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https://www.youtube.com/watch?v=GwyQ8srzEz8

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Hmmm. Might do in a pinch for the larger slots, but looks like it makes heavy going on that scrap wood. You need teeth that cut, not just chip bits off.

I make them from feeler gages as well, but by dragging the edge across a good fresh flat mill file, following the file's tooth grooves. I drag to and fro, many times, letting the blade lag and roll a bit changing directions, so the resulting teeth wrap around the edge a bit, but are much shallower and have no kerf, so the resulting slot is pretty much exactly the width of the feeler. It cuts bone or plastic slowly, leaving fine dust, but I only use them to make final fine adjustment to slot depth, or to correct the break angle on an otherwise good slot.

This hammered type seems like it would make a wider than nominal slot, due to the overhanging "kerf" the chisel appears to leave.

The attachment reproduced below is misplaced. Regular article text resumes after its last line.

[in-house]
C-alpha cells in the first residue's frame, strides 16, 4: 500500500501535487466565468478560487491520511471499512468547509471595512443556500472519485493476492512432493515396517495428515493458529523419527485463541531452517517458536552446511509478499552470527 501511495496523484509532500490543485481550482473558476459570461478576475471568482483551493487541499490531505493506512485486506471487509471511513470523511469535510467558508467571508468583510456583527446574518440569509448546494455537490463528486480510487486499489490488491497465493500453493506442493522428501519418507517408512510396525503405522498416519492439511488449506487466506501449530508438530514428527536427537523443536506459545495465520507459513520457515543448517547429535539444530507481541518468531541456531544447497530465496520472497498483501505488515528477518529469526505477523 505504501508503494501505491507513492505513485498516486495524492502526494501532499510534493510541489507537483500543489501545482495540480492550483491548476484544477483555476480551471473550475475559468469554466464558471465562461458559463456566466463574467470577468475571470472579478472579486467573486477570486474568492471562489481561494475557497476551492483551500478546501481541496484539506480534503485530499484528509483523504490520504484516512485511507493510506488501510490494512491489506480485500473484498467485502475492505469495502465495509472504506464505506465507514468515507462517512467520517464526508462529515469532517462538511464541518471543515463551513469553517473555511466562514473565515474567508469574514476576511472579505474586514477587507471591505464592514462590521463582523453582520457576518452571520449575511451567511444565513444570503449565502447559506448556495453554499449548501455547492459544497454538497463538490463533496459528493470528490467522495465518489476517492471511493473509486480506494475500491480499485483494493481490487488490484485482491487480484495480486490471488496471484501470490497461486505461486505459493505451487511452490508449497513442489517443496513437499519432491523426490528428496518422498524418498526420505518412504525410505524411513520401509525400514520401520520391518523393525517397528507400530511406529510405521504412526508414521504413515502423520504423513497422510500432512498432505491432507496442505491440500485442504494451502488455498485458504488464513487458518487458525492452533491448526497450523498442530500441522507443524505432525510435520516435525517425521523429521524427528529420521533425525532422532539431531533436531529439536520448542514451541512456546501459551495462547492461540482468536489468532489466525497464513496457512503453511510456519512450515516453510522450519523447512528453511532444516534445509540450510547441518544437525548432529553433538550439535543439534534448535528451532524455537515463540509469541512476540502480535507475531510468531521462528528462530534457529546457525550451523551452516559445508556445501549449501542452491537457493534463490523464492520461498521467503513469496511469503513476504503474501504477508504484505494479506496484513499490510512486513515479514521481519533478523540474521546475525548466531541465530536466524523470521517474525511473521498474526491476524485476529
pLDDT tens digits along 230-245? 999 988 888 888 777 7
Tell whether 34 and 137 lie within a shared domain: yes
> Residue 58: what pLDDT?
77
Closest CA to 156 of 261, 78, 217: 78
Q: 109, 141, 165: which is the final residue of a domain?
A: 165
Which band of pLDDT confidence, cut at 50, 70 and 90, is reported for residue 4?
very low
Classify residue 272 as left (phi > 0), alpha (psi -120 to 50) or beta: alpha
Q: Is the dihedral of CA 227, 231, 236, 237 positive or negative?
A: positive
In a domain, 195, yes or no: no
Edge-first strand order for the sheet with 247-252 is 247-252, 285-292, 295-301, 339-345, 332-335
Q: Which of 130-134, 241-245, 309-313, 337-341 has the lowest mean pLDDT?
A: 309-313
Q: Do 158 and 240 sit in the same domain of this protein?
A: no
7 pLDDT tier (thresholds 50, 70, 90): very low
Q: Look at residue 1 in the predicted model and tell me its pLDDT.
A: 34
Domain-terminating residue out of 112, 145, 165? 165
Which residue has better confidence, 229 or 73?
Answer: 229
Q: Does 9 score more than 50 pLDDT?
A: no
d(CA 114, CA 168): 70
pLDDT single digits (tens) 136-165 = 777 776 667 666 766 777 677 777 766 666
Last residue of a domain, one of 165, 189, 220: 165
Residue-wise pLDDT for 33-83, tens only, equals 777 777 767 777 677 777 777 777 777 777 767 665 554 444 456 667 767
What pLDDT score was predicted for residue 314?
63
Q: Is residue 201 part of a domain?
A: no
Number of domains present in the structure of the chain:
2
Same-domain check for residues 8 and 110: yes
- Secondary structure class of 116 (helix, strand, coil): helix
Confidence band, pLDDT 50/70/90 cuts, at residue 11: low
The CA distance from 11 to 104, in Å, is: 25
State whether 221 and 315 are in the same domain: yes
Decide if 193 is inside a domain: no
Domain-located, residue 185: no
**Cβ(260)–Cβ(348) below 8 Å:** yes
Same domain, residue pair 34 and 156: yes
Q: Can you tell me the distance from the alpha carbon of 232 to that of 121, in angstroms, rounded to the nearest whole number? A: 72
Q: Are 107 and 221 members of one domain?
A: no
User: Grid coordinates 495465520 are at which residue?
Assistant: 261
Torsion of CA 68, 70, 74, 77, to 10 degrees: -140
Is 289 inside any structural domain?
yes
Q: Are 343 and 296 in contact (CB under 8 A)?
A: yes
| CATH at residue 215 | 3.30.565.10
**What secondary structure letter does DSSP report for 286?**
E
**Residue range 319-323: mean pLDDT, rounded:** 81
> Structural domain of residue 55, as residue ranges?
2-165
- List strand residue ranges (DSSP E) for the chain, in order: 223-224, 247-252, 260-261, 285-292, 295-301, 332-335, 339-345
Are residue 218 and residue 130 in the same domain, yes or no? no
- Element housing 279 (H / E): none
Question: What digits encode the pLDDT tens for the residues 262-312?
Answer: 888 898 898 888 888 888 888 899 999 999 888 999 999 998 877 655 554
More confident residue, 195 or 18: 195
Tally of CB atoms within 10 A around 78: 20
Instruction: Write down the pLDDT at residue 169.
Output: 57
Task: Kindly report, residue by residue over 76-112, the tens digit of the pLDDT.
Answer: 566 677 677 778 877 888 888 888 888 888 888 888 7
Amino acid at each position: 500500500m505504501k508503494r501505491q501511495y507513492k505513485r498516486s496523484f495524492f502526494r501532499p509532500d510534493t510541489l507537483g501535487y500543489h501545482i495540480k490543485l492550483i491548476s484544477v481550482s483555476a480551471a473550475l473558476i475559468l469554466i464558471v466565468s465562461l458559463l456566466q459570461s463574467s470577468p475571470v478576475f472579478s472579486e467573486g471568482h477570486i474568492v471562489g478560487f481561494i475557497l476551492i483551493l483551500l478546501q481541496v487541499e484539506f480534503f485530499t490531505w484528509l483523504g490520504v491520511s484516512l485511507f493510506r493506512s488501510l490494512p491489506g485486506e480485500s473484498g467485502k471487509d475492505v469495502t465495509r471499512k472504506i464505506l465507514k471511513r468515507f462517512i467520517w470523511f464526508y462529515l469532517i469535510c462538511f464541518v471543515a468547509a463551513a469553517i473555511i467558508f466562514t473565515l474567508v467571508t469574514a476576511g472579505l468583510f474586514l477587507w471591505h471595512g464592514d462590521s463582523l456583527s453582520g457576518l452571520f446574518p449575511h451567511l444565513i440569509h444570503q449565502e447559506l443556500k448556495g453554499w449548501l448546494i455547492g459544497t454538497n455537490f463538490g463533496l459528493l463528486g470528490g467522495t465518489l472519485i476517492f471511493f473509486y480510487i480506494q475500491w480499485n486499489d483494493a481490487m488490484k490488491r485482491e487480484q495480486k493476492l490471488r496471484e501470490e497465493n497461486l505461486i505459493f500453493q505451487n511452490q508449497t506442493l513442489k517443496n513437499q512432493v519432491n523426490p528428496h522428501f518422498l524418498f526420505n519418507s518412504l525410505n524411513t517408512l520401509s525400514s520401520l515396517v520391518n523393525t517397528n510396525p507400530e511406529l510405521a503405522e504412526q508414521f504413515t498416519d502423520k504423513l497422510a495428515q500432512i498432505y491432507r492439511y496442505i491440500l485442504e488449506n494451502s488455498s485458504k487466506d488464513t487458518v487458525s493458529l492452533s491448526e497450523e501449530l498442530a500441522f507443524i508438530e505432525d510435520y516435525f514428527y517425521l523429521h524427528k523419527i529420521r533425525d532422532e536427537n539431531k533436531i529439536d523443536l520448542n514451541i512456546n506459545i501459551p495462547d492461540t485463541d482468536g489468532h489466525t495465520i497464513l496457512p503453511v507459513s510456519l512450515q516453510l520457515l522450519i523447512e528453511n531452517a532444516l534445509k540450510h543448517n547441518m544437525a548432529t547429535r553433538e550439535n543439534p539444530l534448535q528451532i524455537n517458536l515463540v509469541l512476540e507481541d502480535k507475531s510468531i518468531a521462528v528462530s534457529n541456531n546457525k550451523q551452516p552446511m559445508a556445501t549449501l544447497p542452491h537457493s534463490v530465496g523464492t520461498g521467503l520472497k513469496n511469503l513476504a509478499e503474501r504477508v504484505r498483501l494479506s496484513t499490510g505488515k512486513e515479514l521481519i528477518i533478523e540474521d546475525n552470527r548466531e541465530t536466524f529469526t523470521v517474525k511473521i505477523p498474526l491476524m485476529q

Not that I have ever made nut files out of feeler gauges (nor have any intention of ever so doing)    , but if I were ever to contemplate doing so, it seems kind of axiomatic to me that it would be far more effective to clamp the six gauges ( or whatever number you want) into the vice all at once, and use a jeweller's file to notch the teeth, instead of doing one at a time  using a hammer and chisel, which will almost certainly result in massive deformation of the thinner blades.

If you are going the home-made route, then guitar strings of appropriate gauge in a metal frame under tension will cut nut slots effectively for the wound strings,  but StewMac nut files do the job even better.

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